Aldo Castañeda interviews Stefan Brands about digital identity. Informative.
Aldo Castañeda interviews Stefan Brands about digital identity. Informative.
New Scientist, 25th Feb 2006, reports a study by Yee and Bailenson of Stanford University – what they did was get students to negotiate, in VR, with experimenters. If their avatar was taller, then they behaved more aggressively. If it was better-looking, they stood closer – the ugly ones averaged a metre further away.
I want an X41 Tablet (if you really loved me, you’d give me one). I bought my wife an X40 last year and got a great price on eBay. So, naturally, I’ve been looking there again.
The prices aren’t so great this time around, but what I am finding is a rather interesting trend. Yesterday there were lots of 1-day auctions for X41s. The sellers had good feedback, but if you investigated you’d find that all of a sudden they were selling a metric fuckload of stuff, all posted at the same time, all 1-day, all relatively expensive stuff (like TVs and computers) – and all not at all like what they usually sell.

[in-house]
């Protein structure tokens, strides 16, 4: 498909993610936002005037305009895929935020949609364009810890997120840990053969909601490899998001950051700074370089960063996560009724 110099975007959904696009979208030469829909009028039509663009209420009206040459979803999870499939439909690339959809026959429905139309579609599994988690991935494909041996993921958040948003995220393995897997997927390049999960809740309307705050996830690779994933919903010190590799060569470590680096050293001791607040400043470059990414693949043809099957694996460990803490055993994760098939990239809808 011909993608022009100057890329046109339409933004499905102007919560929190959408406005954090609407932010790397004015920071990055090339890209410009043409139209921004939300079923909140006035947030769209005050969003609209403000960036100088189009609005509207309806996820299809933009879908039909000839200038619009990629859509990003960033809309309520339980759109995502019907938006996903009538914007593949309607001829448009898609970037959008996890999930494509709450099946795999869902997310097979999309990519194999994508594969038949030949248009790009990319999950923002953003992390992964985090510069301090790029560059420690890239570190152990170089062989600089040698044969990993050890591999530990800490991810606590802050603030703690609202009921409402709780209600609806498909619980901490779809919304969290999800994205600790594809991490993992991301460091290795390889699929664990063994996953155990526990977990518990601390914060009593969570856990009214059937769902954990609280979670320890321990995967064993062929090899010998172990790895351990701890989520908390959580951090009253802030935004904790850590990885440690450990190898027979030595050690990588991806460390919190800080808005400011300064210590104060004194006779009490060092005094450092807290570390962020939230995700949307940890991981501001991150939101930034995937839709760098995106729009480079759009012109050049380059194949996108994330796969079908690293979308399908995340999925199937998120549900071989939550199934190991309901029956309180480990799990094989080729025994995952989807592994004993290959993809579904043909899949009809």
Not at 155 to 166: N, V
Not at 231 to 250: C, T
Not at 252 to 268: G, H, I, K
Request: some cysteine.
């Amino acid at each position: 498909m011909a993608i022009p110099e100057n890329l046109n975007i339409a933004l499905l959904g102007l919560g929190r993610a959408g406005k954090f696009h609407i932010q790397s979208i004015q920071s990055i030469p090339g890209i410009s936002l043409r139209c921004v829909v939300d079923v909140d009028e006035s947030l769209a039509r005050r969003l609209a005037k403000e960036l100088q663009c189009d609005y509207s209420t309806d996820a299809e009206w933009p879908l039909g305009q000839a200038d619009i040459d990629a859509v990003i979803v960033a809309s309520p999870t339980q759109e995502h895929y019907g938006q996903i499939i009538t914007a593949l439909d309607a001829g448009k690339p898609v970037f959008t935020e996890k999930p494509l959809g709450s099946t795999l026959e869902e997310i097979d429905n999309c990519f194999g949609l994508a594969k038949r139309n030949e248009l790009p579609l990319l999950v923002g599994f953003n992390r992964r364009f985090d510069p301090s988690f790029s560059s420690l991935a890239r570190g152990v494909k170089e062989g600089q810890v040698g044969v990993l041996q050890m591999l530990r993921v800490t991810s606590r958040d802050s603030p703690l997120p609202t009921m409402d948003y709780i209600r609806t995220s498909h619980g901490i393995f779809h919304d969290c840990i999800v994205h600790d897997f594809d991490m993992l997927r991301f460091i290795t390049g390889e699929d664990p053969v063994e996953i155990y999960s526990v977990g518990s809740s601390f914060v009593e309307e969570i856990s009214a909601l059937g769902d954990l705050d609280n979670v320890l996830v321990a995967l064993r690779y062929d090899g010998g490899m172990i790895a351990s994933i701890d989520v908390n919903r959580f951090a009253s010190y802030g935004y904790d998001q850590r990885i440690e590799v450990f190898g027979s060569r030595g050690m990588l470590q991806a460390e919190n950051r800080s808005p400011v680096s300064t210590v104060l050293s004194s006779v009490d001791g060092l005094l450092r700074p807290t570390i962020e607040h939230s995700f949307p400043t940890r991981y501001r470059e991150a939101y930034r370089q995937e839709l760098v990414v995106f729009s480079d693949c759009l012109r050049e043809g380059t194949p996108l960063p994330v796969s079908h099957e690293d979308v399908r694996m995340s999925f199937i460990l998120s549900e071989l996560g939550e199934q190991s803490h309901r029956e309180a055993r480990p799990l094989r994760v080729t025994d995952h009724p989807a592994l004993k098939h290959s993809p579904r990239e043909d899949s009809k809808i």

Today I’m seeing 10-day auctions, but instead of huge diversity, they’re all laptops. I can’t figure out the 10 day thing, unless they’re after direct email contact (a feature of all of these things is they say “contact me by email”, surprise, surprise).
Anyway, I’m curious – does this go on all the time and I haven’t noticed, or is this a new attack?
(In case it isn’t obvious, I’m assuming the real eBayers have been owned, and this is an attempt by the attacker to make money)